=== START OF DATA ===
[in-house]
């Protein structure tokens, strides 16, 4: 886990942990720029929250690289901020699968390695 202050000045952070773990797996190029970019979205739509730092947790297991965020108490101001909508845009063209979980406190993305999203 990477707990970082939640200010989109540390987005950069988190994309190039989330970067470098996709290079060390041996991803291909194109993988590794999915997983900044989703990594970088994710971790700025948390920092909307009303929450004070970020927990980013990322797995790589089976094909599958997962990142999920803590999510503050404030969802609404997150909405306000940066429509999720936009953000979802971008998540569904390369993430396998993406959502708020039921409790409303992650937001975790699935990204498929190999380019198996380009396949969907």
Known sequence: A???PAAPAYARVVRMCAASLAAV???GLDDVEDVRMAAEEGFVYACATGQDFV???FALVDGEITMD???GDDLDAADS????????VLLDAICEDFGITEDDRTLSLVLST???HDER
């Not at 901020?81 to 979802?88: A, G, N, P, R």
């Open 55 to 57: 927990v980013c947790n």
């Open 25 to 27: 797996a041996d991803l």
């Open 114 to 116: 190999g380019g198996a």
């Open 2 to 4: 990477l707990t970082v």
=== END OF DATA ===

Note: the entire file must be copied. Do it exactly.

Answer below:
[in-house]
């Protein structure tokens, strides 16, 4: 886990942990720029929250690289901020699968390695 202050000045952070773990797996190029970019979205739509730092947790297991965020108490101001909508845009063209979980406190993305999203 990477707990970082939640200010989109540390987005950069988190994309190039989330970067470098996709290079060390041996991803291909194109993988590794999915997983900044989703990594970088994710971790700025948390920092909307009303929450004070970020927990980013990322797995790589089976094909599958997962990142999920803590999510503050404030969802609404997150909405306000940066429509999720936009953000979802971008998540569904390369993430396998993406959502708020039921409790409303992650937001975790699935990204498929190999380019198996380009396949969907």
Known sequence: A???PAAPAYARVVRMCAASLAAV???GLDDVEDVRMAAEEGFVYACATGQDFV???FALVDGEITMD???GDDLDAADS????????VLLDAICEDFGITEDDRTLSLVLST???HDER
């Not at 901020?81 to 979802?88: A, G, N, P, R």
């Open 55 to 57: 927990v980013c947790n």
């Open 25 to 27: 797996a041996d991803l």
């Open 114 to 116: 190999g380019g198996a």
């Open 2 to 4: 990477l707990t970082v």